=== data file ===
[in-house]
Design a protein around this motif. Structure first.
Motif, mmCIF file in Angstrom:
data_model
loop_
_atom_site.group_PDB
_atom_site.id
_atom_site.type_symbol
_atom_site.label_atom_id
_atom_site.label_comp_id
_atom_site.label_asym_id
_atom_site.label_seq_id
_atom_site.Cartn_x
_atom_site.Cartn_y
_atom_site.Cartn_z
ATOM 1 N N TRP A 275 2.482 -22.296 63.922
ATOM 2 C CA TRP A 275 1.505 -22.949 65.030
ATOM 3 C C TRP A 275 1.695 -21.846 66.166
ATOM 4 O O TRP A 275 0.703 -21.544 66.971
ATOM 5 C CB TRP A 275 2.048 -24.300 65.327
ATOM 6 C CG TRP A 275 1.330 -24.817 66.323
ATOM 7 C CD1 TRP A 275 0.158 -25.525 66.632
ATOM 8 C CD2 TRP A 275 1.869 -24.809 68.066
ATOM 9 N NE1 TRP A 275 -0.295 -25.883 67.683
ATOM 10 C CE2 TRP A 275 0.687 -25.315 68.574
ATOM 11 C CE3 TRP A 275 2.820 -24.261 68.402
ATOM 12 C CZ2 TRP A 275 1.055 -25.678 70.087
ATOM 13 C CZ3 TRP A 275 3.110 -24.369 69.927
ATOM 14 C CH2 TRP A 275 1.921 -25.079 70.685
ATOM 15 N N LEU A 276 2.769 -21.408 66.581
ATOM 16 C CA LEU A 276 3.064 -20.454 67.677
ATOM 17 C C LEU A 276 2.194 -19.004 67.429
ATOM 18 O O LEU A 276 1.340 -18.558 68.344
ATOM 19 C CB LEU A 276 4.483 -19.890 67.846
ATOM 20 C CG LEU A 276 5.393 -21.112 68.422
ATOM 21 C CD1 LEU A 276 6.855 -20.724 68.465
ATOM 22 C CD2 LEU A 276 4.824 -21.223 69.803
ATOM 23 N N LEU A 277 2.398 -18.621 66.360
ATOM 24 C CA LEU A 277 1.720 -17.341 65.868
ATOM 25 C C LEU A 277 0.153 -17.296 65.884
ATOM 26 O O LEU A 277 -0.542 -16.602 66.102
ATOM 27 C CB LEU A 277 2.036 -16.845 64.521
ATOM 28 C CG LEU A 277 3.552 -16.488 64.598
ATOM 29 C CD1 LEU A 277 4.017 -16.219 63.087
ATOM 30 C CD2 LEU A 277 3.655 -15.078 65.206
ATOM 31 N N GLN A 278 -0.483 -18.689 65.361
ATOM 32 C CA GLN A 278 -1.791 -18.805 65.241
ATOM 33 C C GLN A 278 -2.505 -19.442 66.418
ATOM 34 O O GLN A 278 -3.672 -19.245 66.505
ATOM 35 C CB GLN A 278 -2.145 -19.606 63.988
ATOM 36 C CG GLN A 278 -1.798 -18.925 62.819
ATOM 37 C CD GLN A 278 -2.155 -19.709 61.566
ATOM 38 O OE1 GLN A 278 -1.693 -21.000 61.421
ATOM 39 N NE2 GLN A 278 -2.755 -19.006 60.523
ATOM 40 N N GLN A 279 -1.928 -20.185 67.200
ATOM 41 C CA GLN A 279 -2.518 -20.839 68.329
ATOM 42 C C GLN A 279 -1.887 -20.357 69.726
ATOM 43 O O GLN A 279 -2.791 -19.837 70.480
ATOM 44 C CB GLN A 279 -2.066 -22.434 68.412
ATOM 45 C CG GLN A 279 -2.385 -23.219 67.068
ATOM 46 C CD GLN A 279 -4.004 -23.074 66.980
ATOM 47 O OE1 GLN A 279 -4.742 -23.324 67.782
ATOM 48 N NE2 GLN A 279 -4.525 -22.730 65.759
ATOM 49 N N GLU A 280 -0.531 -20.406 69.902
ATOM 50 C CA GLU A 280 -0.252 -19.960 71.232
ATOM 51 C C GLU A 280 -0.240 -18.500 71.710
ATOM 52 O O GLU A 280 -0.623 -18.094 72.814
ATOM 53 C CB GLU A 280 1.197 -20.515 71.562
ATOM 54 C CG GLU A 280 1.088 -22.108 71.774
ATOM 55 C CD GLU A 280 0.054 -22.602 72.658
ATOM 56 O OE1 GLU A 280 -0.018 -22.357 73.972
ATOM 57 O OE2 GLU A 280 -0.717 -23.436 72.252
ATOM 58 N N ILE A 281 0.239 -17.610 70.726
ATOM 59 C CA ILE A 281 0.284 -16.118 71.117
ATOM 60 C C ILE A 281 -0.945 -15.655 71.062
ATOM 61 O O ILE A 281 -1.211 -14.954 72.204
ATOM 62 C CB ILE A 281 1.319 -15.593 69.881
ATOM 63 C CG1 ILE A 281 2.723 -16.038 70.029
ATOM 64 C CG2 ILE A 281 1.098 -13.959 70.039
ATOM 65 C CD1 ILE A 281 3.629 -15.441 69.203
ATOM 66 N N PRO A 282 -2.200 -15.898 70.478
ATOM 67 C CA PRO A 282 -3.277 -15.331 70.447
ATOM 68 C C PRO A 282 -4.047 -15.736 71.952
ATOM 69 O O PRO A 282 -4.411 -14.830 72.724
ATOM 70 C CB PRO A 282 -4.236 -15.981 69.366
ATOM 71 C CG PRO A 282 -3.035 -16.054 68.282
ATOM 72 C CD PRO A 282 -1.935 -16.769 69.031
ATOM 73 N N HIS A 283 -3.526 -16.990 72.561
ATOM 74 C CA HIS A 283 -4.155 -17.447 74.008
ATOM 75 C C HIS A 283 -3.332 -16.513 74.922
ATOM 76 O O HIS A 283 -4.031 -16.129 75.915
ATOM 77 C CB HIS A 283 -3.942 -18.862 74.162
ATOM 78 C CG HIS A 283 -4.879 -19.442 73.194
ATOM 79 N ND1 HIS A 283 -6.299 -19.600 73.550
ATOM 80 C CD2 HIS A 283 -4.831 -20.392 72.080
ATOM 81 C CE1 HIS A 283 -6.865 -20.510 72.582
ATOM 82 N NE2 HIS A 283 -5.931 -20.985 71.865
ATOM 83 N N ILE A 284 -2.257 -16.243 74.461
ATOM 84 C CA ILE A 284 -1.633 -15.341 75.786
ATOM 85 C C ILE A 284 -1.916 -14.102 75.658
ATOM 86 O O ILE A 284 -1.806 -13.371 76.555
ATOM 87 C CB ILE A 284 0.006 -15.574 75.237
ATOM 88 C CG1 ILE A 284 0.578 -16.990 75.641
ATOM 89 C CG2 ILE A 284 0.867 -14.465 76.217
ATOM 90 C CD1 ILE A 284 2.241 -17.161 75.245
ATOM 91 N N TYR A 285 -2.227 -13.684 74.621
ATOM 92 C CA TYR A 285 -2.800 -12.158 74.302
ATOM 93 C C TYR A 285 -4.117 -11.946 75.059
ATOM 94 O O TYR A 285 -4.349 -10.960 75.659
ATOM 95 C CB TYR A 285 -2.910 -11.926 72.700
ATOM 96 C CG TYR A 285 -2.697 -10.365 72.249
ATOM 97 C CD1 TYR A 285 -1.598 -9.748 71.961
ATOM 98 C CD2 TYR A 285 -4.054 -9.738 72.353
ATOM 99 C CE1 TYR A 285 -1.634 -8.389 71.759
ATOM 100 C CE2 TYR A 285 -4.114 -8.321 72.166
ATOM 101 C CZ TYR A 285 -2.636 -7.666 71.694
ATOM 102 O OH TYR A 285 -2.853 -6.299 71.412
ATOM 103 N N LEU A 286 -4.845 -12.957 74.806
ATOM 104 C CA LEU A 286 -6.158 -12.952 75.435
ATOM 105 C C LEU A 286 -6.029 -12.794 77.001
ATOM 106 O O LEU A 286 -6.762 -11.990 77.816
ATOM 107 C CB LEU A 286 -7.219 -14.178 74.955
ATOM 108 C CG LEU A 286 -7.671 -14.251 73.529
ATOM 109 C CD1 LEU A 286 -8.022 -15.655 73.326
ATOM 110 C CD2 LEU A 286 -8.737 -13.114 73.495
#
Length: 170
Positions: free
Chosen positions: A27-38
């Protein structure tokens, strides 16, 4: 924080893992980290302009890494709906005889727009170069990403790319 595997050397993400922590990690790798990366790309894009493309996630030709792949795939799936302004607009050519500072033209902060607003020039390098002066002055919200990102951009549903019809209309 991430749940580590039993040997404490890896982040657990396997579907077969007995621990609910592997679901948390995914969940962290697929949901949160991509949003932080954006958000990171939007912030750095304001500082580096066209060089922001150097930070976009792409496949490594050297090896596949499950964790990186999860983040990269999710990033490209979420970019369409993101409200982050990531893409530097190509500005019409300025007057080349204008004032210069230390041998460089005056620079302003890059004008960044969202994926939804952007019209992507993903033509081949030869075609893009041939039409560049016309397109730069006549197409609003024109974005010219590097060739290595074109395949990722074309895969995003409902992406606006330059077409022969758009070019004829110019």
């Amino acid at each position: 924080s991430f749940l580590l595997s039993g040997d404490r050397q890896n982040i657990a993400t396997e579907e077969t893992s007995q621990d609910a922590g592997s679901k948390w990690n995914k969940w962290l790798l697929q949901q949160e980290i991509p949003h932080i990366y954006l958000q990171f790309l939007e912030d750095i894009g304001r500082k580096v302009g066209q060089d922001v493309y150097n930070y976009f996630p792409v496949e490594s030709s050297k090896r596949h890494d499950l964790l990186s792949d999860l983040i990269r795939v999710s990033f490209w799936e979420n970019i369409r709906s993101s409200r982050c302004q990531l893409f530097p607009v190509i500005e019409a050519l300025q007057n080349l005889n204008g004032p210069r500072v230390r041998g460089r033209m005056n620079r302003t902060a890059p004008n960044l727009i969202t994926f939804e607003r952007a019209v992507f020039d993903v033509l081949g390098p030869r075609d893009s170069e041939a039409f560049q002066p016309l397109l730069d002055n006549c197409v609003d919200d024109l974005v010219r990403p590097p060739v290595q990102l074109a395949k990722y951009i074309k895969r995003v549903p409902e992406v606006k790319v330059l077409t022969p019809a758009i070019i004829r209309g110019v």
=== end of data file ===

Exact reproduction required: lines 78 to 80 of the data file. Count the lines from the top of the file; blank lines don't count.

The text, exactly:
ATOM 63 C CG1 ILE A 281 2.723 -16.038 70.029
ATOM 64 C CG2 ILE A 281 1.098 -13.959 70.039
ATOM 65 C CD1 ILE A 281 3.629 -15.441 69.203